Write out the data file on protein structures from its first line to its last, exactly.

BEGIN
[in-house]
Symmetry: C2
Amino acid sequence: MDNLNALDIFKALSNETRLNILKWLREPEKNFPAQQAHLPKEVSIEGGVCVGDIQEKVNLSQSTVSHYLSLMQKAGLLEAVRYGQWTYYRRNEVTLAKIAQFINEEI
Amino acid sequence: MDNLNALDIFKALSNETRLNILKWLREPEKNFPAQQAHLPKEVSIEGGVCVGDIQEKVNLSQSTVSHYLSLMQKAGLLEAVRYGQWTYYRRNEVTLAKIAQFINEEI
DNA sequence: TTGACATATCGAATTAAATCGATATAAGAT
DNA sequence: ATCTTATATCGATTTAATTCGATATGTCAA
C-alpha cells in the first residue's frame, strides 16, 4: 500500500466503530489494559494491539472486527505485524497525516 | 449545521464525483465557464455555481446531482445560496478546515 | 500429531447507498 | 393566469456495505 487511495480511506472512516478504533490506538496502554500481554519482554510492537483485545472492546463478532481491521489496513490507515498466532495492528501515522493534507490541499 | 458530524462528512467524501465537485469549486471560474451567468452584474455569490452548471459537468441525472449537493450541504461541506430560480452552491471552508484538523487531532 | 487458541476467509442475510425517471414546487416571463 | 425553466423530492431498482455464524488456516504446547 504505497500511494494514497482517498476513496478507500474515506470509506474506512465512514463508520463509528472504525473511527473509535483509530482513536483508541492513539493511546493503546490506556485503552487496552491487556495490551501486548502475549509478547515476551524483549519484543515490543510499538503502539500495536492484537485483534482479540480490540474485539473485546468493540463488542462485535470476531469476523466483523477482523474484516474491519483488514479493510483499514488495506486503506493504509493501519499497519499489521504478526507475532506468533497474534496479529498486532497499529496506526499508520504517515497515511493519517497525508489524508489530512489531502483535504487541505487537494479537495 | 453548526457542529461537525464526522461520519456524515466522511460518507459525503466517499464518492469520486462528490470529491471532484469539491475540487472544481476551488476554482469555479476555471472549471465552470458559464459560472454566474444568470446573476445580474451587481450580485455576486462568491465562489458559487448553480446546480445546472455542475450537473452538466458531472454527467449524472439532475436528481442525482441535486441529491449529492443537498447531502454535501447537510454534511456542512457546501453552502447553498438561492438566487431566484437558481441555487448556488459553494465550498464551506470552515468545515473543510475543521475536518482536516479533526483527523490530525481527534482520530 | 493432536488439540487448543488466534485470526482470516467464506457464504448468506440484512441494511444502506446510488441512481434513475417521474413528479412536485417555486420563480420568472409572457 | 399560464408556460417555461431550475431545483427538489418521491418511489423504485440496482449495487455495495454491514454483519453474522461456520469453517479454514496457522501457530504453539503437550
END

[in-house]
Symmetry: C2
Amino acid sequence: MDNLNALDIFKALSNETRLNILKWLREPEKNFPAQQAHLPKEVSIEGGVCVGDIQEKVNLSQSTVSHYLSLMQKAGLLEAVRYGQWTYYRRNEVTLAKIAQFINEEI
Amino acid sequence: MDNLNALDIFKALSNETRLNILKWLREPEKNFPAQQAHLPKEVSIEGGVCVGDIQEKVNLSQSTVSHYLSLMQKAGLLEAVRYGQWTYYRRNEVTLAKIAQFINEEI
DNA sequence: TTGACATATCGAATTAAATCGATATAAGAT
DNA sequence: ATCTTATATCGATTTAATTCGATATGTCAA
C-alpha cells in the first residue's frame, strides 16, 4: 500500500466503530489494559494491539472486527505485524497525516 | 449545521464525483465557464455555481446531482445560496478546515 | 500429531447507498 | 393566469456495505 487511495480511506472512516478504533490506538496502554500481554519482554510492537483485545472492546463478532481491521489496513490507515498466532495492528501515522493534507490541499 | 458530524462528512467524501465537485469549486471560474451567468452584474455569490452548471459537468441525472449537493450541504461541506430560480452552491471552508484538523487531532 | 487458541476467509442475510425517471414546487416571463 | 425553466423530492431498482455464524488456516504446547 504505497500511494494514497482517498476513496478507500474515506470509506474506512465512514463508520463509528472504525473511527473509535483509530482513536483508541492513539493511546493503546490506556485503552487496552491487556495490551501486548502475549509478547515476551524483549519484543515490543510499538503502539500495536492484537485483534482479540480490540474485539473485546468493540463488542462485535470476531469476523466483523477482523474484516474491519483488514479493510483499514488495506486503506493504509493501519499497519499489521504478526507475532506468533497474534496479529498486532497499529496506526499508520504517515497515511493519517497525508489524508489530512489531502483535504487541505487537494479537495 | 453548526457542529461537525464526522461520519456524515466522511460518507459525503466517499464518492469520486462528490470529491471532484469539491475540487472544481476551488476554482469555479476555471472549471465552470458559464459560472454566474444568470446573476445580474451587481450580485455576486462568491465562489458559487448553480446546480445546472455542475450537473452538466458531472454527467449524472439532475436528481442525482441535486441529491449529492443537498447531502454535501447537510454534511456542512457546501453552502447553498438561492438566487431566484437558481441555487448556488459553494465550498464551506470552515468545515473543510475543521475536518482536516479533526483527523490530525481527534482520530 | 493432536488439540487448543488466534485470526482470516467464506457464504448468506440484512441494511444502506446510488441512481434513475417521474413528479412536485417555486420563480420568472409572457 | 399560464408556460417555461431550475431545483427538489418521491418511489423504485440496482449495487455495495454491514454483519453474522461456520469453517479454514496457522501457530504453539503437550